Tech trap #5: Have enough time and resources been allocated
BY MIKE ODE
A few months ago, my wife and I decided it was time to get a new puppy. We did our research, which was both exciting and stressful, and very time-consuming. In the end, we decided what kind of dog we were going to get (a boxer), found one in our area, and brought him home. It wasn’t long after we got him into our house that I realized how much of an adjustment having a new puppy was going to be, and how much work was going to be involved. The training was constant, and I had no idea that I’d have to be home every two hours to let him out, or make sure he wasn’t tearing up the furniture.
Implementing new technology, after the hard work of finding just the right product, is a lot like adjusting to having a new puppy. You’ve done your research, you’ve weighed your options, and you’ve located the perfect system that you believe will carry your business to the next level. Unfortunately, most people tend to rush the move and underestimate how long the “training” stage will take to get their new product running efficiently.
The weeks and months following a new technology purchase are often the most critical stage. As flawless as your research may have been, there is no guarantee that the implementation process will sail along without a hitch, especially if you have neglected to allocate enough time and resources.
Set a realistic timeframe
Let’s pretend that you’ve already chosen a technology solution, tested it, checked references, and made sure that it fit the specific needs of your company. The next step, before that software is shipped or you take delivery of the product, is to develop a feasible implementation plan.
Most software vendors will oversee the implementation of business software, but there are things that owners or managers should do to minimize risks and simplify the process. First, ask questions and consider what is involved. Implementing a new accounting software program, for example, will involve the transfer of historical data. But how exactly is this done? Is it manual data entry, or can it be automated? Perhaps the number of jobs or vendors in your current system will affect how long the process will take. Depending on your technology solution, there are many variables that may affect initial setup and implementation, as well as the time it takes to complete these tasks.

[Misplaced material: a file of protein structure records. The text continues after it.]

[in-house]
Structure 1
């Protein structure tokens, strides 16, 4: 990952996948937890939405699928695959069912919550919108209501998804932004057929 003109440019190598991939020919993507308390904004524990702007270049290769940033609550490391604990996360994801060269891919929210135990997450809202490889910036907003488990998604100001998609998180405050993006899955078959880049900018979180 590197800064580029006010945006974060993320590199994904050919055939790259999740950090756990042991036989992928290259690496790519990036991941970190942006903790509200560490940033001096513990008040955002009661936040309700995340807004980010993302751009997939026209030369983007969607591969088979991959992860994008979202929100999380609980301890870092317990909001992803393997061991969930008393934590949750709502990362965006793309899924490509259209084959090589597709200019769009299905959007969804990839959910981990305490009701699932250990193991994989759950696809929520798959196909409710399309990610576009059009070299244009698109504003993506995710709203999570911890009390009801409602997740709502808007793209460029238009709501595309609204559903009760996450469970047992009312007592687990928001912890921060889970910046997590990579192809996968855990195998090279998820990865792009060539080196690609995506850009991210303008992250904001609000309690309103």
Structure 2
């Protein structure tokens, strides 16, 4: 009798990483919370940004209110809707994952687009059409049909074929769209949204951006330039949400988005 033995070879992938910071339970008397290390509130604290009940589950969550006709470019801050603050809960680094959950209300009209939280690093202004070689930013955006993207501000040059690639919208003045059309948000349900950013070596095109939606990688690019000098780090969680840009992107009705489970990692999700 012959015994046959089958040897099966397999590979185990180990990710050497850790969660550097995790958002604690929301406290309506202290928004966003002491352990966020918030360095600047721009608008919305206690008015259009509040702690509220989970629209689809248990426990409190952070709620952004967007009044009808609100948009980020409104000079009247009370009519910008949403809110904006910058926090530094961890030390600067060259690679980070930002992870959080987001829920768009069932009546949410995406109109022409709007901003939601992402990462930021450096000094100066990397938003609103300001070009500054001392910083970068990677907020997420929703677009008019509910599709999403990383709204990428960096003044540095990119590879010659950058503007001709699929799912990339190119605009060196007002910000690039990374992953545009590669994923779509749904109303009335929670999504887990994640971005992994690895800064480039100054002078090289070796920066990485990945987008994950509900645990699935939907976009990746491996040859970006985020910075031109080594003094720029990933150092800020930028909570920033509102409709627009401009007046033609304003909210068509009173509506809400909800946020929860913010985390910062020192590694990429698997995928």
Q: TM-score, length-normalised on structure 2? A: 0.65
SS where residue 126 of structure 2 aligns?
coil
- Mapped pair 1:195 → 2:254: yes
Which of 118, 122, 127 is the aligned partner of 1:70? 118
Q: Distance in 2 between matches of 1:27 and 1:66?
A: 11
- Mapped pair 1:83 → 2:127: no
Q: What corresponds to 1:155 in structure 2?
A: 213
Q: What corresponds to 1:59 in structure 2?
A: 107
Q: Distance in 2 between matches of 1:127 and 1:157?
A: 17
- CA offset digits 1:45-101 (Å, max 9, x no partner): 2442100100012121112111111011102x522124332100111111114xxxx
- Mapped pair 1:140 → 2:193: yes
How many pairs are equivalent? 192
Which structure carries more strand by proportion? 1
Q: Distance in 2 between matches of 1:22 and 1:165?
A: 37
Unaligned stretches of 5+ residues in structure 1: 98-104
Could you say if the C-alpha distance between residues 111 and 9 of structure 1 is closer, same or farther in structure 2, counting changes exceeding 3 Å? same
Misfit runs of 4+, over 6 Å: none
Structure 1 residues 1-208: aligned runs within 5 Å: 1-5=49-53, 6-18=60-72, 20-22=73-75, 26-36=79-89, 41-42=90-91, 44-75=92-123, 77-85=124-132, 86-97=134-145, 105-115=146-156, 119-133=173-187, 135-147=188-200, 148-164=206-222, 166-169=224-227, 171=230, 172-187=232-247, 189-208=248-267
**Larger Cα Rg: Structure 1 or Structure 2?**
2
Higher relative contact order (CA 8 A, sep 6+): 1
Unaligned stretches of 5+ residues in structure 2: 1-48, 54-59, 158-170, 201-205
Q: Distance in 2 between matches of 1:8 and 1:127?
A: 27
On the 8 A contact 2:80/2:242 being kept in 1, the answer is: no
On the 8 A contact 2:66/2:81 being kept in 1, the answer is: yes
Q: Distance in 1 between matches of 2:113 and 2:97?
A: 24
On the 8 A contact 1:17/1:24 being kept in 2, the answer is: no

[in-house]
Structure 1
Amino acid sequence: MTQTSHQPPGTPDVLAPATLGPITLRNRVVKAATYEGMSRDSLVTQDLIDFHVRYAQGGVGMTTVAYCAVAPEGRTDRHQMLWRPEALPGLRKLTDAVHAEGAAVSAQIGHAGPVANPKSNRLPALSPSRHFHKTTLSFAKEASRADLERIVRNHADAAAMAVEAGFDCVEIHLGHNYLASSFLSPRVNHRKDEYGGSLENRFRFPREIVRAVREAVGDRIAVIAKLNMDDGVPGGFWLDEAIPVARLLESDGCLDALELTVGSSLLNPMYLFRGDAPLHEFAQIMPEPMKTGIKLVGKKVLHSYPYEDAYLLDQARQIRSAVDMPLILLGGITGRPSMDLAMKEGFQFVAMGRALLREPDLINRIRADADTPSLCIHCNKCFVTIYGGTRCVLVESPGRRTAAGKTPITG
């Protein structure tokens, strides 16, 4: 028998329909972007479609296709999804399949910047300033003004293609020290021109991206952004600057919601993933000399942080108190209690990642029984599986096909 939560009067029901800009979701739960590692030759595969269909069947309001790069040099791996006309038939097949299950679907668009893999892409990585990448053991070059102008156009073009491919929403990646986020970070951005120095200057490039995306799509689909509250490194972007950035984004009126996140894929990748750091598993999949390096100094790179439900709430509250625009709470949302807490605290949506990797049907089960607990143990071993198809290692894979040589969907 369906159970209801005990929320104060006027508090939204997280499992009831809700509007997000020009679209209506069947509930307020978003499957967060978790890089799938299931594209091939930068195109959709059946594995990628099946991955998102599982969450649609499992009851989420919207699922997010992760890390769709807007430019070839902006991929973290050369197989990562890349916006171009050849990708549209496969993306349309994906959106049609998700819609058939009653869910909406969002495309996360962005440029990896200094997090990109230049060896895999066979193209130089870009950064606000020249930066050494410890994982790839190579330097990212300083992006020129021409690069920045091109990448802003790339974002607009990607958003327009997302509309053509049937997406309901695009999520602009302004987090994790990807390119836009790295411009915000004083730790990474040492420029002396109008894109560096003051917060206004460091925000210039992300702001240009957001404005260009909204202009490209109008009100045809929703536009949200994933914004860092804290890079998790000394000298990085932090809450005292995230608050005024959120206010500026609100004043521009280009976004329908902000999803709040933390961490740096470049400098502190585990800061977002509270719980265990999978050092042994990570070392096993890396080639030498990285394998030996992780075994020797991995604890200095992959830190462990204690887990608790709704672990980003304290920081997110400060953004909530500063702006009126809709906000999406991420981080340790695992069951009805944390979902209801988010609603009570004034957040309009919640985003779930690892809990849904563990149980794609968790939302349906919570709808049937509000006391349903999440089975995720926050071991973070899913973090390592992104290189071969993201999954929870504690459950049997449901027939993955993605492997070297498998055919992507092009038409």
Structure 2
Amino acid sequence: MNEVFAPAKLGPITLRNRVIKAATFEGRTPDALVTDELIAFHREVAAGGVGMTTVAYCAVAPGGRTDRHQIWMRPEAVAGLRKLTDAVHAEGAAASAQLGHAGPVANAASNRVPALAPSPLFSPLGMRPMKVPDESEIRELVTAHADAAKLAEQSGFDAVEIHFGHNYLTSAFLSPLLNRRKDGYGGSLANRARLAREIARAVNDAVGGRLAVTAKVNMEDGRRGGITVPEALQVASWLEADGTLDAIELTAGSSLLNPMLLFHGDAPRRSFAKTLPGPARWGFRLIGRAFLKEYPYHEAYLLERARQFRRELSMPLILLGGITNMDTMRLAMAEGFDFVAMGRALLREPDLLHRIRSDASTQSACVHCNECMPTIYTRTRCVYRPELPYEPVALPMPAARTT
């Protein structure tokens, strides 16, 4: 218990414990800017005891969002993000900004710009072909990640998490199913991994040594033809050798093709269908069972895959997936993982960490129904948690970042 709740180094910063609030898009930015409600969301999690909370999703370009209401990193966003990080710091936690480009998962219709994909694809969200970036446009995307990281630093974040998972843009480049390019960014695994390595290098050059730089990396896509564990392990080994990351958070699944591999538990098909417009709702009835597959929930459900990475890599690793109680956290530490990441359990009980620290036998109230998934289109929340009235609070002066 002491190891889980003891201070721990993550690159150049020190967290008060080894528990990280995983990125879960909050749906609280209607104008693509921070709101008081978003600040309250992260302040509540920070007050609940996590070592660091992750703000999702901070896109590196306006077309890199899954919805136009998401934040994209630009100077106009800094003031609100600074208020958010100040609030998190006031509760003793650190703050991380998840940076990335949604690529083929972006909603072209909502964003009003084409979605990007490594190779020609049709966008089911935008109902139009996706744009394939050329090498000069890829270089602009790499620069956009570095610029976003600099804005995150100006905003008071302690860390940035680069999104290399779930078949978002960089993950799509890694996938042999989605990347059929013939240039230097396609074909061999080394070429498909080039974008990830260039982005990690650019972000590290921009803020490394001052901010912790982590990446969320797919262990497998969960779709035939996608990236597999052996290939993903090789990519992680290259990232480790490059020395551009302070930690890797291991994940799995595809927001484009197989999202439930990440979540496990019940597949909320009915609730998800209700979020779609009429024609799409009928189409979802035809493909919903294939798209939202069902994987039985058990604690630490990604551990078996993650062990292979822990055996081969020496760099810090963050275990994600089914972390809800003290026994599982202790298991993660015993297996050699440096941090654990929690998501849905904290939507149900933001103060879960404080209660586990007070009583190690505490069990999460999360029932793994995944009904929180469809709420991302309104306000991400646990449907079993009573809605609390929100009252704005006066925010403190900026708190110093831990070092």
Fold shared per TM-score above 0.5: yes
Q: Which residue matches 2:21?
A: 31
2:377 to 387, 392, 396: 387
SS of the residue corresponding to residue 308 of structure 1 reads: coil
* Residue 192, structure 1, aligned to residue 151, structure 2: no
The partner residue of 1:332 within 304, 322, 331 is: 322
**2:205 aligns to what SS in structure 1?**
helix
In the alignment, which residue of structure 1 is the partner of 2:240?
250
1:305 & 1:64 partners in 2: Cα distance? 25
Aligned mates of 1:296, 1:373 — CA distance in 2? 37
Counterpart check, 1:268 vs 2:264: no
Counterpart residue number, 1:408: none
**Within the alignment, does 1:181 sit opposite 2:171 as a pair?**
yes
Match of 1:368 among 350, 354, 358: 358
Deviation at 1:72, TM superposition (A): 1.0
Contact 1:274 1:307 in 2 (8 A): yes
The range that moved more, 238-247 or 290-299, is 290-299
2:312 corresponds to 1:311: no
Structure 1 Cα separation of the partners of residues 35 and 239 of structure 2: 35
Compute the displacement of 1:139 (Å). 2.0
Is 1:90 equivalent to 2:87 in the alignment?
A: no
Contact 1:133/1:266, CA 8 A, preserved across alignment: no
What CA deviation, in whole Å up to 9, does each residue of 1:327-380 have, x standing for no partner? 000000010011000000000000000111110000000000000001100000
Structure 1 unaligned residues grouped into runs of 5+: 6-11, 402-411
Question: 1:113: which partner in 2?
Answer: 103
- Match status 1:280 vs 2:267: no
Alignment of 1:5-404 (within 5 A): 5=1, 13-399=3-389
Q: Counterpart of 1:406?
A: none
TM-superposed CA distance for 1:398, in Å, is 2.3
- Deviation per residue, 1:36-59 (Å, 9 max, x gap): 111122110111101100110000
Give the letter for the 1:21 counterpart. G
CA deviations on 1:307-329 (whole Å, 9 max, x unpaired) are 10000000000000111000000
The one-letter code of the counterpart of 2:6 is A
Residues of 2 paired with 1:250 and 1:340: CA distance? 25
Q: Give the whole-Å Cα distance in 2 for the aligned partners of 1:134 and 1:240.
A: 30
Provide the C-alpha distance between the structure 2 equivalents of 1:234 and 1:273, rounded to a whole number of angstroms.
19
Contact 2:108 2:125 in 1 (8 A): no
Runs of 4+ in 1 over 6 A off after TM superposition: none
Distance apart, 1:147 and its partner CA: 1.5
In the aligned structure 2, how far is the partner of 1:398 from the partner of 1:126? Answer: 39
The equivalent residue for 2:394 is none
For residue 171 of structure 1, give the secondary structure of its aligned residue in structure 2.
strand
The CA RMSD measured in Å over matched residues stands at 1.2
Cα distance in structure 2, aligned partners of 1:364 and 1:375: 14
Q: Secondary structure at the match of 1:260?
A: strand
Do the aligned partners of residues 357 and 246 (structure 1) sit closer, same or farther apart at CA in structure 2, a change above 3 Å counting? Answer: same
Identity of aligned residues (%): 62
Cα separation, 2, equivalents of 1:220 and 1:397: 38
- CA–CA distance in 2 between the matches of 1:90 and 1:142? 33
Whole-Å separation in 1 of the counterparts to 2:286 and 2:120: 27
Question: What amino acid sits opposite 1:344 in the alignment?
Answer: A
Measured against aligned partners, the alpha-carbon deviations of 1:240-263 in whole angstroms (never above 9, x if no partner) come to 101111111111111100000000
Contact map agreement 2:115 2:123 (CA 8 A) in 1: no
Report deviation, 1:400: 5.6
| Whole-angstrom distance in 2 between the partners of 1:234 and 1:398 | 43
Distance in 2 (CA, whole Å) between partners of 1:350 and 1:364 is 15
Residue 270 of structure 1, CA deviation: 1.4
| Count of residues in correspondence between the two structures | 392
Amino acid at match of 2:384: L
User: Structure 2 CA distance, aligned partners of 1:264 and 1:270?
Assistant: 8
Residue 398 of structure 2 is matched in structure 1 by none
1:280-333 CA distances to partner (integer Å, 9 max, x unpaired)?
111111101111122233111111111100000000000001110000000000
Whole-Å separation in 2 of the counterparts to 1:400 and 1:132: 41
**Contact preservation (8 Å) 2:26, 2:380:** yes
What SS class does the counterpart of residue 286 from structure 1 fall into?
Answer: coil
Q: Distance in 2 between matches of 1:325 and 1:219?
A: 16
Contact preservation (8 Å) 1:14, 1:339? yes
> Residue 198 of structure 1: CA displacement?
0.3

Training and user support are other key areas that must be scheduled realistically (and, of course, should have weighed heavily in the decision-making process). But even before setting a timetable, you must make sure that employees will embrace the new system. Chances are, if you’ve chosen a product that will vastly improve efficiency and save time, most new users will be eager to use it. More time may be needed, however, if you have employees who struggle with change, or have varying learning styles.
The key to a workable timetable comes down to the obvious, “time.” Underestimating how long training will take is a common, and costly, mistake. It’s simply unrealistic to expect employees to learn a new system in a day or two of training, especially if these new users must cover their ongoing duties at the same time. Without a clear message from management that training is important, an employee will simply decide, “I don’t have time for this,” and will give up on the solution before even trying it.
Set a realistic budget
The total cost of your new technology product is usually not limited to a one-time purchase price. More sophisticated programs will likely include maintenance fees as well. But do these costs include regular updates to the program? Do they cover unlimited tech support? And what about costs for adding new users, additional modules
or customized training?
Working with your vendor to devise a realistic budget should be easy. A good company will make every effort to give you ALL costs upfront and won’t make promises that they can’t keep. Unfortunately, I’ve heard from far too many contractors who have abandoned new technology products because the costs escalated out of control or the product they received was nothing at all like the one promised. Sorting through the various vendors is tough, but, ultimately, it’s the owner’s job to find the vendor that cares as much about the long-term relationship as the short-term sale.
We’re settling in with the puppy now, and we’ve found a routine, but I’ll never forget that expectations and reality are often years apart. And when it comes to significant investments, such as technology, trying to rush by skipping ahead or neglecting certain steps will only put you further behind. BXM
Read Tech Traps in subsequent monthly issues of BX
Magazine. Mike Ode is president of Foundation
Software, email@example.com 800-246-0800.